“In teaching Latin at the lower level (the first two years of secondary school) we look at language intensively and in a general way,” says Trutmann. “How does language work? What problems do I have to solve when I construct a sentence? What are the components of sentences? What things can I express with what sentence structures? How are tenses used?”
So the Latin class becomes a place of comparative language study.
“This is really interesting because we are now getting a lot of kids who do not speak German as their native language, but French, Italian or English.”
Latin gives them a means of comparing their second and their native language. “As a result, you often see a light suddenly going on in their heads in relation to their own language and German - and Latin too.”
Trutmann finds that teachers of modern languages are happy “to leave reflection on language to Latin so they can focus more on oral communication in the foreign language”.
She comes back to the point that Latin teaches students to think analytically, and quotes a Zurich study showing that Latin marks correlate best with marks in all other subjects. In other words, the better the marks in Latin a pupil has, the better they are in other subjects.
“The reason may lie in the non-specific skills which Latin teaching is probably best able to transmit,” she believes.
Even so, in Switzerland and elsewhere, defending Latin remains an uphill battle for those who advocate its continued use. It is declining even in its last bastion, the Roman Catholic Church.
The Second Vatican Council, which took place fifty years ago this October, was conducted largely in Latin. It was probably the last such occasion in history. In fact, Pope Benedict XVI has just decided to set up a Pontifical Academy of Latin for the first time. Previously, there was no need for one.
Latin and the Swiss
Latin has always had a special place in Switzerland. The abbreviation for the country, which mystifies many a foreigner, is CH, standing for “Confoederatio Helvetica” or Swiss Confederation.
With four national languages, Latin represents neutral ground. This is reflected in the names of several national organisations, such as “Pro Juventute” for children and youth, “Pro Senectute” for old people.
The Swiss medical association is abbreviated to FMH, which stands for “Foederatio Medicorum Helveticorum”. Today English is being used for the same purpose, hence the proliferation of names like “Swissmedic”.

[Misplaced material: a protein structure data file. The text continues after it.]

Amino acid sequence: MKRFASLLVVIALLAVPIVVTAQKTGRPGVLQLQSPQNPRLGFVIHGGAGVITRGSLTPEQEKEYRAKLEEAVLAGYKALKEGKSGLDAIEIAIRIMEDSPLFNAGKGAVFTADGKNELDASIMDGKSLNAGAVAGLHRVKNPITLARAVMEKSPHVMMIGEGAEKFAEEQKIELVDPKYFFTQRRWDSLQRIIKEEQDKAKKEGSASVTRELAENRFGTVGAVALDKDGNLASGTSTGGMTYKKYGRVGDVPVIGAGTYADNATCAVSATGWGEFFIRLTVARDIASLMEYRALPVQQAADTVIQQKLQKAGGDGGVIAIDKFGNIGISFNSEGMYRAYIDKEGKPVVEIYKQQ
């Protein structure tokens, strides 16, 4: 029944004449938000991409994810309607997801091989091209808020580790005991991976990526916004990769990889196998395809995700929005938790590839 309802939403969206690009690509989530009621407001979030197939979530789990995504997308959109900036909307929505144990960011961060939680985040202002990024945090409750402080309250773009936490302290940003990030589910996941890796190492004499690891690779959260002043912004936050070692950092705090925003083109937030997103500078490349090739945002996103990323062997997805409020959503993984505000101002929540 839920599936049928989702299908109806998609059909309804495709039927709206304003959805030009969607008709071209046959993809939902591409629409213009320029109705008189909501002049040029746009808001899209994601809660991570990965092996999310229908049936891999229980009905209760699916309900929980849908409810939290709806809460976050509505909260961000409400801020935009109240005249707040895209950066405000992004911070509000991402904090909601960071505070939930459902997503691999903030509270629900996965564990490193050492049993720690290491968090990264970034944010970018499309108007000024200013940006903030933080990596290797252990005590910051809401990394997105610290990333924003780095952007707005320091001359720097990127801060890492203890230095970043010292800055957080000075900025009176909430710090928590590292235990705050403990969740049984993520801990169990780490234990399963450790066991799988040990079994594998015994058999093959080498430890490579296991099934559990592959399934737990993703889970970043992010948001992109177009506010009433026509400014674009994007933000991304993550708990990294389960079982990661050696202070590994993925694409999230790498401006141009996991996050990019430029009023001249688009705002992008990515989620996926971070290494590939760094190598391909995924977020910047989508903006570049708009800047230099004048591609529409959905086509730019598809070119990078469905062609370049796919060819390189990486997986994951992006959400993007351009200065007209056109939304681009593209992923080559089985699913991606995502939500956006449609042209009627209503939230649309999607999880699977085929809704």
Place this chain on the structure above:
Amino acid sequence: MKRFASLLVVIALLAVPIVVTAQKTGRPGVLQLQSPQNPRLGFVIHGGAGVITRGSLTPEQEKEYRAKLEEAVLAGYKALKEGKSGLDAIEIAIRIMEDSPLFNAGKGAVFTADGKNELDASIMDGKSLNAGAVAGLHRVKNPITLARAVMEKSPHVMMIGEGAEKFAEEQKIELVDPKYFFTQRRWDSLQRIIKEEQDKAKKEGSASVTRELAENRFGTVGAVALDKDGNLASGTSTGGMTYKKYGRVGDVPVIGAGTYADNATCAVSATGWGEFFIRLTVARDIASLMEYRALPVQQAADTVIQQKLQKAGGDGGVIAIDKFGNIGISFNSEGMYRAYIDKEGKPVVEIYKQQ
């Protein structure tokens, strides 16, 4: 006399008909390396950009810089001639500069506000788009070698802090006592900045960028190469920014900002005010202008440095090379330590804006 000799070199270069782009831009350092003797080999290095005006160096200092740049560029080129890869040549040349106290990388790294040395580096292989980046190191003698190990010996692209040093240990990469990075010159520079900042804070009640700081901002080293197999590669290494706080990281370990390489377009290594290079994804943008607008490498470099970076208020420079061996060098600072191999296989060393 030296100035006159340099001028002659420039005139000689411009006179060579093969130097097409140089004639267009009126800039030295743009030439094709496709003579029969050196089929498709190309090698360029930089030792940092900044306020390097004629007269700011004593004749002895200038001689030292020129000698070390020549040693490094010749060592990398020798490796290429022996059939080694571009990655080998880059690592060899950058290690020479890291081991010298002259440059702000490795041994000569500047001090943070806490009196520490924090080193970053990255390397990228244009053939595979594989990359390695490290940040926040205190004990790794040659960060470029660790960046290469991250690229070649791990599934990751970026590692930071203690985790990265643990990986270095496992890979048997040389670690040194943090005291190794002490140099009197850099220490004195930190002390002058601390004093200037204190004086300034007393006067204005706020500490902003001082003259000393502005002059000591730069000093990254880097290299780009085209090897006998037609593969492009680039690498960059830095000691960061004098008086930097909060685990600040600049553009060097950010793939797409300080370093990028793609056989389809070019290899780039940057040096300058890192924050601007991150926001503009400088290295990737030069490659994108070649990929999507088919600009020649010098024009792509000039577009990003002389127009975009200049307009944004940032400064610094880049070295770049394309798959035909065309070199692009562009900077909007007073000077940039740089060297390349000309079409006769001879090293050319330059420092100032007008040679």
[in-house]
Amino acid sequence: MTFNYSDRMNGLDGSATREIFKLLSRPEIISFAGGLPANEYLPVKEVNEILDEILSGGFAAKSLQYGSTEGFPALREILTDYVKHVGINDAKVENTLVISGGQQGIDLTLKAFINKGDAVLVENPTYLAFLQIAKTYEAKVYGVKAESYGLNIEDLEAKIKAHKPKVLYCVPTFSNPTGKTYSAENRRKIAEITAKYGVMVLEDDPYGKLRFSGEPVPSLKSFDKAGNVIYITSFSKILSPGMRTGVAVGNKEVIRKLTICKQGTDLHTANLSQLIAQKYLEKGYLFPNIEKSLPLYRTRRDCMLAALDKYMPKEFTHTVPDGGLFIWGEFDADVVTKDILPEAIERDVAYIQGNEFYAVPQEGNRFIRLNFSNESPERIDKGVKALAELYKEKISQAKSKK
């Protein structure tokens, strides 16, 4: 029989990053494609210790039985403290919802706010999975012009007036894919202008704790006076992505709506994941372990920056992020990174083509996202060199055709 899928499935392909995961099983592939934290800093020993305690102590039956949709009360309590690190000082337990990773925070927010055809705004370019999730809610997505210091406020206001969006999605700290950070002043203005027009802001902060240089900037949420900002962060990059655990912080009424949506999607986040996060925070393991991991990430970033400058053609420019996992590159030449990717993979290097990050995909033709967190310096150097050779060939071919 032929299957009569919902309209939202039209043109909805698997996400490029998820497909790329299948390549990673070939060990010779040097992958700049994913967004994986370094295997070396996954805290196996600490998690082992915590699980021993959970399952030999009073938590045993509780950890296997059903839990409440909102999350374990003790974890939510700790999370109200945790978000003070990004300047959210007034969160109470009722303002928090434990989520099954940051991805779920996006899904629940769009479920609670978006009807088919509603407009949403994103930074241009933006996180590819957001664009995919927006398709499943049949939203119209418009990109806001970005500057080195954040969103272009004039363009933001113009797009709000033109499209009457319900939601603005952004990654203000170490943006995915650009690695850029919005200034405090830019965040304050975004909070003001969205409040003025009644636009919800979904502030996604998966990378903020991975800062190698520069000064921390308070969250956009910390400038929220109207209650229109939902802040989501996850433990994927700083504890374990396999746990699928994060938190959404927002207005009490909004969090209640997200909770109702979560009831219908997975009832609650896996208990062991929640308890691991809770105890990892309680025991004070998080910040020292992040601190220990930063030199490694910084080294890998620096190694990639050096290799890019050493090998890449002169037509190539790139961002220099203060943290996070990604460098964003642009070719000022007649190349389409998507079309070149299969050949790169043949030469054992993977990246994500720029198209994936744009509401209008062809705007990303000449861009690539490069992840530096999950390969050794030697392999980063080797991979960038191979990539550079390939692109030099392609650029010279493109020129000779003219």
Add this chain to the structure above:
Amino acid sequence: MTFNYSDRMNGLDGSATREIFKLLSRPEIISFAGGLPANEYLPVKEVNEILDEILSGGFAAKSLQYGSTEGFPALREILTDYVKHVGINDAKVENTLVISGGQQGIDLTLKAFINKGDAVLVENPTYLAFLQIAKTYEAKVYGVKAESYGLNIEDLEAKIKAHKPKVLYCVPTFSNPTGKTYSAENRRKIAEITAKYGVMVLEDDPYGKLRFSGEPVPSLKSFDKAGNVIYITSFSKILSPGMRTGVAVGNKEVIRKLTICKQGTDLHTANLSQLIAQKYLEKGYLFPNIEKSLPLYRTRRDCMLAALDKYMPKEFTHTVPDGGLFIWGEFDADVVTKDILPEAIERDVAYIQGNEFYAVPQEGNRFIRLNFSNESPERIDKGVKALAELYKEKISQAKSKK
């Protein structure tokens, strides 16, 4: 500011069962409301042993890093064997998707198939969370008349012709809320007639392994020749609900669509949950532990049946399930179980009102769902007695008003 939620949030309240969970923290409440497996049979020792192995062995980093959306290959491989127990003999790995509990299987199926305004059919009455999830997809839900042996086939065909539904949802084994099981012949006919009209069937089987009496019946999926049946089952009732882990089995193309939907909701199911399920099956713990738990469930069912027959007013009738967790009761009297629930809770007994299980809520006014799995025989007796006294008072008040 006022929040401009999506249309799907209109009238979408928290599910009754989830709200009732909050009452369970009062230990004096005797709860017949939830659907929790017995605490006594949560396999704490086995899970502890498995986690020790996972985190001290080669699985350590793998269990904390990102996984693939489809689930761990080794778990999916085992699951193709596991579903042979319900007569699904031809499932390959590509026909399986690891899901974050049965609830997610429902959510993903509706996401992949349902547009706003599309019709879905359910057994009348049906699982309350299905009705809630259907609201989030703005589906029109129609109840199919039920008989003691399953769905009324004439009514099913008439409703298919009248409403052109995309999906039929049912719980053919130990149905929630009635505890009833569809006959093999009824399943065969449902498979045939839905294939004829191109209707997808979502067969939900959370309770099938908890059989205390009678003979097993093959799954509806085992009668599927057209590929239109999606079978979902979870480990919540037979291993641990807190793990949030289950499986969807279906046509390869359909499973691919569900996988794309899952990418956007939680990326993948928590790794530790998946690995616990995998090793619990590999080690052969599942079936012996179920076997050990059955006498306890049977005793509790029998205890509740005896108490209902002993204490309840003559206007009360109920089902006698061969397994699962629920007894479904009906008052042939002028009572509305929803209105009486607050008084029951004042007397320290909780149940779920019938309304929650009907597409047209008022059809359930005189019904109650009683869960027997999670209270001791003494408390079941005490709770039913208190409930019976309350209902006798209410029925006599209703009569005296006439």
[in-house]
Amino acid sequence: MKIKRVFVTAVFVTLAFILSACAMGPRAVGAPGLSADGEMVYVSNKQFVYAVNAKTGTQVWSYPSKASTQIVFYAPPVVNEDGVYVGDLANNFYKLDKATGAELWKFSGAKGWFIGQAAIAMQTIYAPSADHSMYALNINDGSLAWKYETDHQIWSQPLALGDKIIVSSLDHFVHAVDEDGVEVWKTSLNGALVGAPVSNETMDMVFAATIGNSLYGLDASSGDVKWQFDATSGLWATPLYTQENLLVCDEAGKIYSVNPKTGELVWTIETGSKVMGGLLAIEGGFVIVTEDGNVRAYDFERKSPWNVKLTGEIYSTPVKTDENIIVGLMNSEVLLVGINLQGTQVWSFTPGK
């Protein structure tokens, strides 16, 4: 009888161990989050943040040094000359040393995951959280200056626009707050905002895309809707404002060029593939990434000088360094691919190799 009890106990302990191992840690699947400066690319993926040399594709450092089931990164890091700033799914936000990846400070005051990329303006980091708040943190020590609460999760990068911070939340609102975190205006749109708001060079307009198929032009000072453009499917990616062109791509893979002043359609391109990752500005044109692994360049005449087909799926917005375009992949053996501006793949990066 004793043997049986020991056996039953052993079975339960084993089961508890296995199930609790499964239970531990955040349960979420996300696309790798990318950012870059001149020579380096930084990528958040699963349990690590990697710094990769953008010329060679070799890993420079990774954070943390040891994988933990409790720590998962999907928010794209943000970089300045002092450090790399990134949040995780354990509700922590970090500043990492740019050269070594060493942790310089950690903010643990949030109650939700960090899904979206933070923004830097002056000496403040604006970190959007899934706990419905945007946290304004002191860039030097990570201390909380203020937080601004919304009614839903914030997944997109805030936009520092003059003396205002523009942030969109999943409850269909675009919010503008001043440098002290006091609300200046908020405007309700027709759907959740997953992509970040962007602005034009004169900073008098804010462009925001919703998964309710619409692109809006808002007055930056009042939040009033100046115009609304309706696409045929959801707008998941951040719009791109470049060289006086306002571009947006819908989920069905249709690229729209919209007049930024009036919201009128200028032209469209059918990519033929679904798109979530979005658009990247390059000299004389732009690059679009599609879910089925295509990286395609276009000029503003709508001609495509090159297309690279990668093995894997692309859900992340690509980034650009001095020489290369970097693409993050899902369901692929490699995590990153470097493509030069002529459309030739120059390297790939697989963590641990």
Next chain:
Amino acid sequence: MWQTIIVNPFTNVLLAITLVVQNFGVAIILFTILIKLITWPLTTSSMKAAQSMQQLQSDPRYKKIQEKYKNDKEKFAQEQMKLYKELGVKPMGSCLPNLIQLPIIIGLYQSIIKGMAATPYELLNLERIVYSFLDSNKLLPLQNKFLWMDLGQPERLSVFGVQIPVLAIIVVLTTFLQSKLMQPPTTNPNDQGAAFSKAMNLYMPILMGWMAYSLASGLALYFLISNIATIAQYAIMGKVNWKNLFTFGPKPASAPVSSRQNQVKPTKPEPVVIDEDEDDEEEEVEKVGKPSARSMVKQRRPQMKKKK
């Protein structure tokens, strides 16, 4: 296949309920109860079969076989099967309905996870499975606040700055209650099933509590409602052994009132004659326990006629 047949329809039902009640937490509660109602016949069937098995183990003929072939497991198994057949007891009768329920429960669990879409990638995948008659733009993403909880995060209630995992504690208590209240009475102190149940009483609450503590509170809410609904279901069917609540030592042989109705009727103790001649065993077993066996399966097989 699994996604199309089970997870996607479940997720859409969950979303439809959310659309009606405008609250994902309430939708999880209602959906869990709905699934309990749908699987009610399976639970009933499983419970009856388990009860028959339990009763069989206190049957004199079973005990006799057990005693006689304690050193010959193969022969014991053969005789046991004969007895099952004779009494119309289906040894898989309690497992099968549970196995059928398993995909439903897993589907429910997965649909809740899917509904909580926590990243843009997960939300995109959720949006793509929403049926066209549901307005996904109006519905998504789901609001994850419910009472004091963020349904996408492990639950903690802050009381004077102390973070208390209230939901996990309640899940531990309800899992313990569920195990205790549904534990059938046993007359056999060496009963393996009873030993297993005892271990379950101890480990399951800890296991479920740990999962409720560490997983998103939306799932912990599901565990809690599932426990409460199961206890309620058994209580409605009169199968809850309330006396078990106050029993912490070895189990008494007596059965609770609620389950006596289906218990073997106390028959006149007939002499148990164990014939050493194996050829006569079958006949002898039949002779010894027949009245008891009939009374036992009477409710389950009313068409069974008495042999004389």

Throughout Europe, Latin was used by philosophers and scientists from Newton to Linnaeus to reach an international audience. There have been many able Swiss writers in Latin, from the Geneva reformer Calvin and the Zurich humanist Gesner in the 16th century to the great Bern all-round scientist Albrecht von Haller in the 18th.
Despite this tradition, Latin teaching in Switzerland has sharply declined in recent years. According to the Federal Statistics Office, about 18,000 students graduated from academic secondary schools in 2011. Only about 1,000 of these took Latin and/or Greek as their major subject. In 1999 the figure was about 4,000.
Latin wars in Geneva
Last spring, in the city once run by Jean Calvin, author of the “Institutio Christianae Religionis”, one of the major theological works of the Reformation, the government was preparing to quietly drop Latin from the curriculum offered at the beginning of secondary school.
Latin teacher Patricia Arpin and colleagues banded together and started a petition against this. They surprised even themselves by gathering no less than 17,000 signatures in the space of two and a half months. The government backed down.
Liberal member of the Geneva parliament Pierre Weiss, a supporter of the petition, exulted: “We are not just defending a subject, but the roots of our culture, the virtues of rigorous reasoning in a society that seems to be drifting. Lingua latina salva est!” [Latin is safe!]